Brexit: Ireland/UK social security convention

A new convention on social security matters was signed by Ireland and the United Kingdom on 1 February 2019.

The convention preserves the social security arrangements previously in place under EU law relating to social security contributions, pensions and benefits between the two countries, which ceased to apply following the United Kingdom’s departure from the UK. The convention operates in conjunction with the existing 2007 convention which applies to persons moving between the Channel Islands, the Isle of Man and Ireland.

Key points

The convention ensures that Irish and UK nationals residing and/or working in the UK or Ireland do not lose their accrued rights to social security benefits when moving between the two countries. This means that the rights of Irish citizens living in Ireland to benefit from social insurance contributions made when working in the UK will be protected and vice versa. 

In addition, the convention provides rules to ensure that employees who work between the two countries are not liable to double social security contributions at the same time. For example, employees who are assigned from one country to the UK or vice versa to perform work for a period not exceeding 24 months shall remain insurable in their home country system, which mirrors previous EU rules. There are also provisions concerning the country of insurability of employees who spend time working between the two countries. 

It should also be noted that the EU-UK Trade and Cooperation Agreement includes a Protocol for the coordination of social security for mobile employees. The objective is to protect the entitlements of EU citizens temporarily staying in, working in, or moving to the U.K., and of U.K. citizens temporarily staying in, working in, or moving to the EU after 1 January 2021. As EU citizens are unable to claim the benefit of the Irish and UK social security convention when working across the two countries, the Protocol should instead apply to determine the country in which social security contributions are due in cases where an EU citizen works between Ireland and the UK.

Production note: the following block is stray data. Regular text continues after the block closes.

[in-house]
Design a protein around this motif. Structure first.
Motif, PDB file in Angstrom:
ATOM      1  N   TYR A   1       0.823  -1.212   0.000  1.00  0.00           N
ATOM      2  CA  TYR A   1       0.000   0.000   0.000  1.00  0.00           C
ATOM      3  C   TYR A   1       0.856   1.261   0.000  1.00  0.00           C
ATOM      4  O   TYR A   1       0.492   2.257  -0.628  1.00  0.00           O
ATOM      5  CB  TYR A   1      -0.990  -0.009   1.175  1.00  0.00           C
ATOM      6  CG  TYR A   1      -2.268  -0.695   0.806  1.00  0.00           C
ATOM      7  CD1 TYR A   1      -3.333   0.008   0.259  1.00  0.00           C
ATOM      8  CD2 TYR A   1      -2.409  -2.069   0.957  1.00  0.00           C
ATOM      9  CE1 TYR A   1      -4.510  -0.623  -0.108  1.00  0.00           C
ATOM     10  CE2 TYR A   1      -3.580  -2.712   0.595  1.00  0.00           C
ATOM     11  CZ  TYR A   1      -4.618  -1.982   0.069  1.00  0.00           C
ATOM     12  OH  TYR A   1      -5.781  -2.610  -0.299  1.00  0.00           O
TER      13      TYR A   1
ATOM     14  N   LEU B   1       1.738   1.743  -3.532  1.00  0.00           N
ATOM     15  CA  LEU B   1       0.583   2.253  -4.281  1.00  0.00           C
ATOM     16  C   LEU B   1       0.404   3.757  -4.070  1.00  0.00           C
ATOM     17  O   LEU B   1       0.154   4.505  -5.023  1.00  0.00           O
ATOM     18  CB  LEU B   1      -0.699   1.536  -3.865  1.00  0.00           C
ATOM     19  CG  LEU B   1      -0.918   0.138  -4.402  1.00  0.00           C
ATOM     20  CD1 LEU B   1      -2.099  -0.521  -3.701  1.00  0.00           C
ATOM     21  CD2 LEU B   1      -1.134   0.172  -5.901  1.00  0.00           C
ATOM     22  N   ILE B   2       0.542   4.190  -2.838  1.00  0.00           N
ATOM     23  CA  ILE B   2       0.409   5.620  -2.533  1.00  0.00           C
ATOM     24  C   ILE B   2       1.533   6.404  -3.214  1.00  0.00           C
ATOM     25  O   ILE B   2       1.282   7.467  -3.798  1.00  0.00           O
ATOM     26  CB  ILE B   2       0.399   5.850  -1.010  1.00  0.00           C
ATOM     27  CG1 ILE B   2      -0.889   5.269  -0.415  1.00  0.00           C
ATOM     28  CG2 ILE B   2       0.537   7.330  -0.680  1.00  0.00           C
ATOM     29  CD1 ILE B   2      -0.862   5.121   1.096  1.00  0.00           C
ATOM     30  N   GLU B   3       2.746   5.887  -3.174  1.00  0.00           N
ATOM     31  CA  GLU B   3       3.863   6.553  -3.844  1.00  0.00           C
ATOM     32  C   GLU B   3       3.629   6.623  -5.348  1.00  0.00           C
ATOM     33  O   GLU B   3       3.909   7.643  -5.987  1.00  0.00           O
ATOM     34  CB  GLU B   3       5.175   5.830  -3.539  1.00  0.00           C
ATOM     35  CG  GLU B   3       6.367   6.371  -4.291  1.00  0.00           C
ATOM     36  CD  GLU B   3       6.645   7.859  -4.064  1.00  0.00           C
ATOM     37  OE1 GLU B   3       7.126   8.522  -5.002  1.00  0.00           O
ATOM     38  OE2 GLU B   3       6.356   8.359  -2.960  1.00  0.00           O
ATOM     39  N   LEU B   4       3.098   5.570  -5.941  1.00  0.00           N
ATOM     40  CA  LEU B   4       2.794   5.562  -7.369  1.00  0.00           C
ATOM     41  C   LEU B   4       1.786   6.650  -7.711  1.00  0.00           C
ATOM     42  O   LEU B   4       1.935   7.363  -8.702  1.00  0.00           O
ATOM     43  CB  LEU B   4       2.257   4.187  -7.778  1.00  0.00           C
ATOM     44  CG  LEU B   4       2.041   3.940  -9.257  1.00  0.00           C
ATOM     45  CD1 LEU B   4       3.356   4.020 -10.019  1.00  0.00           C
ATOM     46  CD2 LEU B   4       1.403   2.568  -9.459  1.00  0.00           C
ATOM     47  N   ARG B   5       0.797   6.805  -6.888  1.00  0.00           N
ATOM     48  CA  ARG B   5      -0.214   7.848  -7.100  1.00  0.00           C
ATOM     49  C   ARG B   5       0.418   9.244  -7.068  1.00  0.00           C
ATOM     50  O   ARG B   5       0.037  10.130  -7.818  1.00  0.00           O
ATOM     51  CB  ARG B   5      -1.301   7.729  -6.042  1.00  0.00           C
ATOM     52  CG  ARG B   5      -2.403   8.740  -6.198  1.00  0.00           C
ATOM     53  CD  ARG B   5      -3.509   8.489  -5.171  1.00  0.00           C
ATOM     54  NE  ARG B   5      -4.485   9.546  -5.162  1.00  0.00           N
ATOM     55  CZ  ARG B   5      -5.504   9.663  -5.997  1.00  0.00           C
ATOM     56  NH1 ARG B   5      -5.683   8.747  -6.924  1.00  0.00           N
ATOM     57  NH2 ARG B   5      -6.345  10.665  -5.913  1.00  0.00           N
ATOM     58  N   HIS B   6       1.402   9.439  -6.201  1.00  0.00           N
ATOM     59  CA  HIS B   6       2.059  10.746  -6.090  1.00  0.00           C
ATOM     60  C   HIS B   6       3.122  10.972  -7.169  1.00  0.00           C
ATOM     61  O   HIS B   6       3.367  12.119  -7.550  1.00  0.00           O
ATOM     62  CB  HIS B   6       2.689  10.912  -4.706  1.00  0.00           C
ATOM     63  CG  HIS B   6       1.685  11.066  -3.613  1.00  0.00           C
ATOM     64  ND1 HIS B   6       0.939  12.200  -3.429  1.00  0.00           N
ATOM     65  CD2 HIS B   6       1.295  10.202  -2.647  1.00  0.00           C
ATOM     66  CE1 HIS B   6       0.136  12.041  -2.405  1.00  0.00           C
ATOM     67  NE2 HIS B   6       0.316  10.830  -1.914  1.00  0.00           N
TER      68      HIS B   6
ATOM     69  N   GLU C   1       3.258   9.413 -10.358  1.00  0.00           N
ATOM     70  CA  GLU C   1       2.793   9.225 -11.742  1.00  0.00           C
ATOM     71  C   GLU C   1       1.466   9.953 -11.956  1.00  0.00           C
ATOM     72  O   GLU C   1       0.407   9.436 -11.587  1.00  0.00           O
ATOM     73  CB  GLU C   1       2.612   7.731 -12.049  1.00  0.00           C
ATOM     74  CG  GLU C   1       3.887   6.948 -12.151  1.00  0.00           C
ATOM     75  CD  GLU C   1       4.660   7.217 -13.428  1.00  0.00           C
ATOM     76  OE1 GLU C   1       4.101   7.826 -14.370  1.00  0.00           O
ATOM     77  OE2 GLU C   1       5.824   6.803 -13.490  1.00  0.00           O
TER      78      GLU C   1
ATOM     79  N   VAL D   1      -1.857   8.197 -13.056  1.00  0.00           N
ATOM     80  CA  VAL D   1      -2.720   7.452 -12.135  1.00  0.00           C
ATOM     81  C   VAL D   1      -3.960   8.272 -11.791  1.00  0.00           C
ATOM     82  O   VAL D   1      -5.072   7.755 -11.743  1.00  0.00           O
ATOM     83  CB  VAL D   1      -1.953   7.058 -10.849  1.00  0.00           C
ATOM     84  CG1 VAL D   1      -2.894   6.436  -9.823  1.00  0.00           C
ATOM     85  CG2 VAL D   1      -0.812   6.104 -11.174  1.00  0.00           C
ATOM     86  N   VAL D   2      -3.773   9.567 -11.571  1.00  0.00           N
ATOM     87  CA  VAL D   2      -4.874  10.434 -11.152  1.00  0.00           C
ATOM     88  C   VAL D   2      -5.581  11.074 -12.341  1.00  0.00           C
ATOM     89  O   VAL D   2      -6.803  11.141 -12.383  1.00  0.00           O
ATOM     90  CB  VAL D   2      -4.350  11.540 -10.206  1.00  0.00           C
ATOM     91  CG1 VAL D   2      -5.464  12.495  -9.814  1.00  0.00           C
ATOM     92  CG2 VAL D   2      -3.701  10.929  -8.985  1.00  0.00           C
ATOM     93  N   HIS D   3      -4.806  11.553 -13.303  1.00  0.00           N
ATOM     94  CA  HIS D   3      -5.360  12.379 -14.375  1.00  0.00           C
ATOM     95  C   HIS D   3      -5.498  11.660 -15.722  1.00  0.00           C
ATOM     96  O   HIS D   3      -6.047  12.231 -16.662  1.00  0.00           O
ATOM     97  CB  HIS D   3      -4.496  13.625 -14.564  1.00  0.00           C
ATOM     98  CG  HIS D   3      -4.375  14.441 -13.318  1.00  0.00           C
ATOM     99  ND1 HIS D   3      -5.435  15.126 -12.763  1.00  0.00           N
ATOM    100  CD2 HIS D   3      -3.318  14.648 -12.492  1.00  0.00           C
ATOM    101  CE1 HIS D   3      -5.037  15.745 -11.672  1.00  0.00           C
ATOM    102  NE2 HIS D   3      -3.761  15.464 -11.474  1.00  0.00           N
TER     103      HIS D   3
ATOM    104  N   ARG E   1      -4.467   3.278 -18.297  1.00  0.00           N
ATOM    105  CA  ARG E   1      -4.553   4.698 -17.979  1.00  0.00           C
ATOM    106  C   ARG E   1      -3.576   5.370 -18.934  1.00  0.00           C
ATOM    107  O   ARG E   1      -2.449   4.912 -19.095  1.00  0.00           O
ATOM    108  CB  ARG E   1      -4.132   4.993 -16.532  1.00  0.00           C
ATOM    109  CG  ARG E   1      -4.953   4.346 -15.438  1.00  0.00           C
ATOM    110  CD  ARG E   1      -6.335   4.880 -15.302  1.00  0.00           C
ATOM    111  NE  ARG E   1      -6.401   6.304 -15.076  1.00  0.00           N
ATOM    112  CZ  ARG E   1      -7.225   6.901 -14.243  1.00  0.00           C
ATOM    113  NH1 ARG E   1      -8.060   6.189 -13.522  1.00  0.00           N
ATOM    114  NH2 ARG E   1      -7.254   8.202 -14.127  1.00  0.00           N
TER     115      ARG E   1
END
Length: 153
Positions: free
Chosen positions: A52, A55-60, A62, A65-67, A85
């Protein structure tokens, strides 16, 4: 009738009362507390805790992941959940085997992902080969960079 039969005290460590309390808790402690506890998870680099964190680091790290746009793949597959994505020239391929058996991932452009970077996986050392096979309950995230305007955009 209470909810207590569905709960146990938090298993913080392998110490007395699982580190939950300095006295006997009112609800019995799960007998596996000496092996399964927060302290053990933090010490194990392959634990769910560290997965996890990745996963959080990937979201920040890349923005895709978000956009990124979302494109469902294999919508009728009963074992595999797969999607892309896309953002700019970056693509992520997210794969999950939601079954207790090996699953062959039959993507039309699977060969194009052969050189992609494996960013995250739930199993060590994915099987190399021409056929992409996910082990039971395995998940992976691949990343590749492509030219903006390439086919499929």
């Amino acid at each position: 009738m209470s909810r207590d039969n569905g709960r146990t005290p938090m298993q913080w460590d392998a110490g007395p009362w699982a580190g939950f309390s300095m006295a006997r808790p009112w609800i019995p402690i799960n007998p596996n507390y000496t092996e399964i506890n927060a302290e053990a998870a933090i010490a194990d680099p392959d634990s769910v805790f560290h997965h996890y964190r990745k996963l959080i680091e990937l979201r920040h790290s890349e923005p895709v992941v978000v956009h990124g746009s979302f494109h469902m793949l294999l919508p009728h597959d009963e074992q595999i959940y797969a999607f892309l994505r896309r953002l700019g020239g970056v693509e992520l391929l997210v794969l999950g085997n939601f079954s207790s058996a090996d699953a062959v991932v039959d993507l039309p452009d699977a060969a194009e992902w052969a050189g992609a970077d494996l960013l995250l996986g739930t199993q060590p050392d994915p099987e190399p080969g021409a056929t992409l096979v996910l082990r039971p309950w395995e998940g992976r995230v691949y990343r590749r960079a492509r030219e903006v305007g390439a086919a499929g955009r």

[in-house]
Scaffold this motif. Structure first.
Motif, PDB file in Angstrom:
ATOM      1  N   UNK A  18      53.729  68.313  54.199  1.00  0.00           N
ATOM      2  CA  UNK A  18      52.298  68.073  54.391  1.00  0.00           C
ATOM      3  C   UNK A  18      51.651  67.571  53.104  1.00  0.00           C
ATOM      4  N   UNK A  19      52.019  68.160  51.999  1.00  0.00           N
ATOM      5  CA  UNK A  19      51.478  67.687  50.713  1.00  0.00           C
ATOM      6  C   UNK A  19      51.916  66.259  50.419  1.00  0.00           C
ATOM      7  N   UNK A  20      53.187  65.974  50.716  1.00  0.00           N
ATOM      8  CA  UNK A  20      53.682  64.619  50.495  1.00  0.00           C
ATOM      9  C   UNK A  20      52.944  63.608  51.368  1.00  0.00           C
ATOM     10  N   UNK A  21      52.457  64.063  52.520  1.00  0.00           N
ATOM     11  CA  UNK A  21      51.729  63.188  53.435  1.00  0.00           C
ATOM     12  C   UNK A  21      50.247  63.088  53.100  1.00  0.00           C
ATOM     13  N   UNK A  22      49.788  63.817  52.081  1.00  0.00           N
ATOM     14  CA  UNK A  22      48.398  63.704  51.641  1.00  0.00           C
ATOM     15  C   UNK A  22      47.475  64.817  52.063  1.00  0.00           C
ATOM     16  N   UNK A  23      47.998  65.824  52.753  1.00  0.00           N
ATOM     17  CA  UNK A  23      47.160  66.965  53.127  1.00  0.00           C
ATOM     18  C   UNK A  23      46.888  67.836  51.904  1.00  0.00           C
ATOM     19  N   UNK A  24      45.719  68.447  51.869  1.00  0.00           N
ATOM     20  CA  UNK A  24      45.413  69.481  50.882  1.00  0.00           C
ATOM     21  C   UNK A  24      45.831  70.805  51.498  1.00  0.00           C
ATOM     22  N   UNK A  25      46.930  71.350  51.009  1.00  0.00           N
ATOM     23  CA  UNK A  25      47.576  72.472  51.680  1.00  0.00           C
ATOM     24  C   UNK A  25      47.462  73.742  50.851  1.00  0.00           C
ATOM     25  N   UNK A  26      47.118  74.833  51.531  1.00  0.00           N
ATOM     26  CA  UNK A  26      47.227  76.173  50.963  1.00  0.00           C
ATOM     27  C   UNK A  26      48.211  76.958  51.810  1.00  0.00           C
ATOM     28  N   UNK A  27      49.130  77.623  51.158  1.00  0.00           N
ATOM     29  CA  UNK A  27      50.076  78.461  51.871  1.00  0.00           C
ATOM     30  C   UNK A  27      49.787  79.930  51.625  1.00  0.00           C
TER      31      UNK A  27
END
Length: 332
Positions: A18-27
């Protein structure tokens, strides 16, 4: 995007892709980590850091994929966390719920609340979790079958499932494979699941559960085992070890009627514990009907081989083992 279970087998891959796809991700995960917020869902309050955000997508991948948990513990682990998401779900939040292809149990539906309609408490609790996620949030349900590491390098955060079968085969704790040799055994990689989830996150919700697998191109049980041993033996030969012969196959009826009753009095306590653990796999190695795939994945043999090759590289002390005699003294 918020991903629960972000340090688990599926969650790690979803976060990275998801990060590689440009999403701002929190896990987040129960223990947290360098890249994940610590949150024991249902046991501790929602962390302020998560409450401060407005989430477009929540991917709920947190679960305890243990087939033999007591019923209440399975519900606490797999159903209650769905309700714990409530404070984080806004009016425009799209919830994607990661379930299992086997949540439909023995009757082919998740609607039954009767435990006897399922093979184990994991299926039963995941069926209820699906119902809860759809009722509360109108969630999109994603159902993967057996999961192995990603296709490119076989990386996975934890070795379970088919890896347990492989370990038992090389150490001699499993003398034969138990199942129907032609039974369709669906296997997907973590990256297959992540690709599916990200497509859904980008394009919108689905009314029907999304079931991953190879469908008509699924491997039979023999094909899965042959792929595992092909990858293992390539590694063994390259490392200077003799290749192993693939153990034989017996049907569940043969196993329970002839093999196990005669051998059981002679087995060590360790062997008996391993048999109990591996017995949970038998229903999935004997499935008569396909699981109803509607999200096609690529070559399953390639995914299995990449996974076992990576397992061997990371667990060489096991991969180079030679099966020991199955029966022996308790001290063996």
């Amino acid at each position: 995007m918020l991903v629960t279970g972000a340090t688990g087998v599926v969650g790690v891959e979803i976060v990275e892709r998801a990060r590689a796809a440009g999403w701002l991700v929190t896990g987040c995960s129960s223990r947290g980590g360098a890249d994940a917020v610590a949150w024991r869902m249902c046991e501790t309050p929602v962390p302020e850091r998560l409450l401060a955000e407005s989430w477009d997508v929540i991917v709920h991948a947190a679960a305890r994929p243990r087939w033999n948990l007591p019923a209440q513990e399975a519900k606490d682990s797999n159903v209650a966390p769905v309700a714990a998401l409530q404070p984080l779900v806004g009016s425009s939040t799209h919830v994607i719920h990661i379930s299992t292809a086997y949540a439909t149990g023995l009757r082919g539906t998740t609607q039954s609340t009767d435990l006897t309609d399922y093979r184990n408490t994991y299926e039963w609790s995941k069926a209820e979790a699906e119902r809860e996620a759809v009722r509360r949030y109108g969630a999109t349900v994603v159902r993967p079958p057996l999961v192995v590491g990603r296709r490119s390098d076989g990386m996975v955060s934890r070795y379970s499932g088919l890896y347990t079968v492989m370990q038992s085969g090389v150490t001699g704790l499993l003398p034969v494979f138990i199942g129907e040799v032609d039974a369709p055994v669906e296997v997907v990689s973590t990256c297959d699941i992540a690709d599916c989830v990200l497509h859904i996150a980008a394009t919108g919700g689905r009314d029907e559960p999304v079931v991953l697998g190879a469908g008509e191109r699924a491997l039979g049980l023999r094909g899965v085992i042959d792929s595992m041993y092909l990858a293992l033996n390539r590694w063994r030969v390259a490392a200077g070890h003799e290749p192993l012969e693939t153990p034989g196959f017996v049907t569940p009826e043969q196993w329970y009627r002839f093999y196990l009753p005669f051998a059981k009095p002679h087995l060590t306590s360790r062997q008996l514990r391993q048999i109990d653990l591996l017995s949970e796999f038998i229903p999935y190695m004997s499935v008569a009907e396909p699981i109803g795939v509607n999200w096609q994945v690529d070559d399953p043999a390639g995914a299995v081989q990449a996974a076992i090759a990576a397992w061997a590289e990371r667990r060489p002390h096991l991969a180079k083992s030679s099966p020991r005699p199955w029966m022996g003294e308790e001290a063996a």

What should employers consider?

In line with the above, there are now different sets of social security co-ordination rules applying to employee mobility between Ireland and the UK. Employers need to assess which set of rules should apply in this context, particularly as there are divergences in relation to social security coverage and the claiming of benefits.

If you have any questions in relation to the above, or if you would like to discuss this topic further, please contact a member of the Mazars employment tax team below:





Ken Killoran

Tax Partner

01 4494451

March 2021